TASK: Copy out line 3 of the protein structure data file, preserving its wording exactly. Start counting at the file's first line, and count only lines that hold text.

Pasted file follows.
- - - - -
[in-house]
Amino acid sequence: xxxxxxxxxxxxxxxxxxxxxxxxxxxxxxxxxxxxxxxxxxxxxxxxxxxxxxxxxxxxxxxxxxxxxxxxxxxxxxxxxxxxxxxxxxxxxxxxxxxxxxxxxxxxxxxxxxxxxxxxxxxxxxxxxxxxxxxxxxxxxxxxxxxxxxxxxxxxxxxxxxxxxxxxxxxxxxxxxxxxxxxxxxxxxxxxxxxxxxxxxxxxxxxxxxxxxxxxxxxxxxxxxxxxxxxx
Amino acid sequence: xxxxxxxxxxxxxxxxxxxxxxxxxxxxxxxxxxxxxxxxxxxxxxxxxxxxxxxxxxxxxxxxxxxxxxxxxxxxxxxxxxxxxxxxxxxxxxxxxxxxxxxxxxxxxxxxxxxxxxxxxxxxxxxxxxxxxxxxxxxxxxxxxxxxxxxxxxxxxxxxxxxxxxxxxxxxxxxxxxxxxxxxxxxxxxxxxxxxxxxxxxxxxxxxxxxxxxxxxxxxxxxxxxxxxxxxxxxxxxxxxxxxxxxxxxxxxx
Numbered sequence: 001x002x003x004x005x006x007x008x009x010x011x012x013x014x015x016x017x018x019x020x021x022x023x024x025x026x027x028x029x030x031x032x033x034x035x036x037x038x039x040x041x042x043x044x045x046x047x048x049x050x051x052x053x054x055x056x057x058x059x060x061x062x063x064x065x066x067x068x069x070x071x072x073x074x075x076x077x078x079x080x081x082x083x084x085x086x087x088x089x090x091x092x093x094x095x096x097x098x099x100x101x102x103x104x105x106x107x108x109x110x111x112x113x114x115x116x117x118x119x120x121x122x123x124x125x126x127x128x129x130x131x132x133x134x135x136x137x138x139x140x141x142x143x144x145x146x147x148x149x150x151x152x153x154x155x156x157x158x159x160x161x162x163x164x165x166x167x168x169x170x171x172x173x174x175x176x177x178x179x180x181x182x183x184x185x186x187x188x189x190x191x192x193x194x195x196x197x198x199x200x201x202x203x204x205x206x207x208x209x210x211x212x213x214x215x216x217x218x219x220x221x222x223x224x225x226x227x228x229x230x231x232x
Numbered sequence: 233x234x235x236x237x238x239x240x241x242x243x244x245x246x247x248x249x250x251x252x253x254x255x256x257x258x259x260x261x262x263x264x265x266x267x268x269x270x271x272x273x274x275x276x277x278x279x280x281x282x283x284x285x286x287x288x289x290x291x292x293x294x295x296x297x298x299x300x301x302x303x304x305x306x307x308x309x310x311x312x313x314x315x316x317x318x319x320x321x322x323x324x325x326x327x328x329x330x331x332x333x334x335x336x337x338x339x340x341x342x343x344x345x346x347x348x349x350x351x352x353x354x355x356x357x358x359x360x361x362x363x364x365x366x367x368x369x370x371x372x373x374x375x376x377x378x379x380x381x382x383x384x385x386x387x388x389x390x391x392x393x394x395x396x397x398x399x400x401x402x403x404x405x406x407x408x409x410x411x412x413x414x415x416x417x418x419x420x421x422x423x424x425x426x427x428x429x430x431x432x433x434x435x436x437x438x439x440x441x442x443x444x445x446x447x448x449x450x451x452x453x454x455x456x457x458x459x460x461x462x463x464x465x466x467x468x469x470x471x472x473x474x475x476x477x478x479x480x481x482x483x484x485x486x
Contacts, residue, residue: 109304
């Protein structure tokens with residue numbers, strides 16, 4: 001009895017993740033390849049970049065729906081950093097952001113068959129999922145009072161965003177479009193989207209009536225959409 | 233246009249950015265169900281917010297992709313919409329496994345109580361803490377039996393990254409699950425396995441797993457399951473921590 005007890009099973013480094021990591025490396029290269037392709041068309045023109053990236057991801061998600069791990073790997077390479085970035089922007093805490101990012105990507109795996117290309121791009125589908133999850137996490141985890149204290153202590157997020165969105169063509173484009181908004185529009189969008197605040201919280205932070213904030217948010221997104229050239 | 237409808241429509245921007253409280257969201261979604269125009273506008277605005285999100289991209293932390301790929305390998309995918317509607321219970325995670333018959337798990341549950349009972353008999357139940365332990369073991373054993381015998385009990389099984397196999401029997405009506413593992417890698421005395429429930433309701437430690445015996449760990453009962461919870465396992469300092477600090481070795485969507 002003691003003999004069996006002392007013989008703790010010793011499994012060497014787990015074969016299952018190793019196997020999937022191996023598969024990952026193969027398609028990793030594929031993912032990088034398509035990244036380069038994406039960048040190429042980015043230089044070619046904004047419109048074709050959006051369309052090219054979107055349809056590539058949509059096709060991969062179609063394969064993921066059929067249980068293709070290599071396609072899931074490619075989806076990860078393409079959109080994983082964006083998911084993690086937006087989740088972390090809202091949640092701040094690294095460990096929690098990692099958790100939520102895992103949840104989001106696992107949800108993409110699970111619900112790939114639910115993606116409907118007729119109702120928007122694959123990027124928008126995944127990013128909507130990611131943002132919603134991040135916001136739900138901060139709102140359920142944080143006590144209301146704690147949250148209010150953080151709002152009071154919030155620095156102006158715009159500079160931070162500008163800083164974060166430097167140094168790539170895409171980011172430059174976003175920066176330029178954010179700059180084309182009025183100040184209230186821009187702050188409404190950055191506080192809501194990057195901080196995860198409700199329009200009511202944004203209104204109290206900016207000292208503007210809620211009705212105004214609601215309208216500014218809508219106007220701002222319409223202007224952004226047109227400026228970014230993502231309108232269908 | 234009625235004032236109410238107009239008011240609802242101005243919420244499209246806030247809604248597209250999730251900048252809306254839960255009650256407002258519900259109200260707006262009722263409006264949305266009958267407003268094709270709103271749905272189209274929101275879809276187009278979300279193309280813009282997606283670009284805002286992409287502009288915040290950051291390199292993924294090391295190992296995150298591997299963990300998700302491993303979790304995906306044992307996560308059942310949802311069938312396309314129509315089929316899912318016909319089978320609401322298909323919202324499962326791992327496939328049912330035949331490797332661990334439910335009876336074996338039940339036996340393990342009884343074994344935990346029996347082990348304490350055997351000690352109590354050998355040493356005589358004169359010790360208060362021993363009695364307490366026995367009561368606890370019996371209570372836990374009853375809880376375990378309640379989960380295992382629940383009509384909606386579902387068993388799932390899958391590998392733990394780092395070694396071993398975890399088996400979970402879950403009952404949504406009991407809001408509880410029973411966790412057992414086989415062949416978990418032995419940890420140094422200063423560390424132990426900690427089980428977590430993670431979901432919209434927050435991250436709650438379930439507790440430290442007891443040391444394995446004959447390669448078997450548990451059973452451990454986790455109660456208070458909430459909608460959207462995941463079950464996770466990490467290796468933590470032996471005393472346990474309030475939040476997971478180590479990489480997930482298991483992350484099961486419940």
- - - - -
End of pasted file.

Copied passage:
Amino acid sequence: xxxxxxxxxxxxxxxxxxxxxxxxxxxxxxxxxxxxxxxxxxxxxxxxxxxxxxxxxxxxxxxxxxxxxxxxxxxxxxxxxxxxxxxxxxxxxxxxxxxxxxxxxxxxxxxxxxxxxxxxxxxxxxxxxxxxxxxxxxxxxxxxxxxxxxxxxxxxxxxxxxxxxxxxxxxxxxxxxxxxxxxxxxxxxxxxxxxxxxxxxxxxxxxxxxxxxxxxxxxxxxxxxxxxxxxxxxxxxxxxxxxxxxxxxxxxxx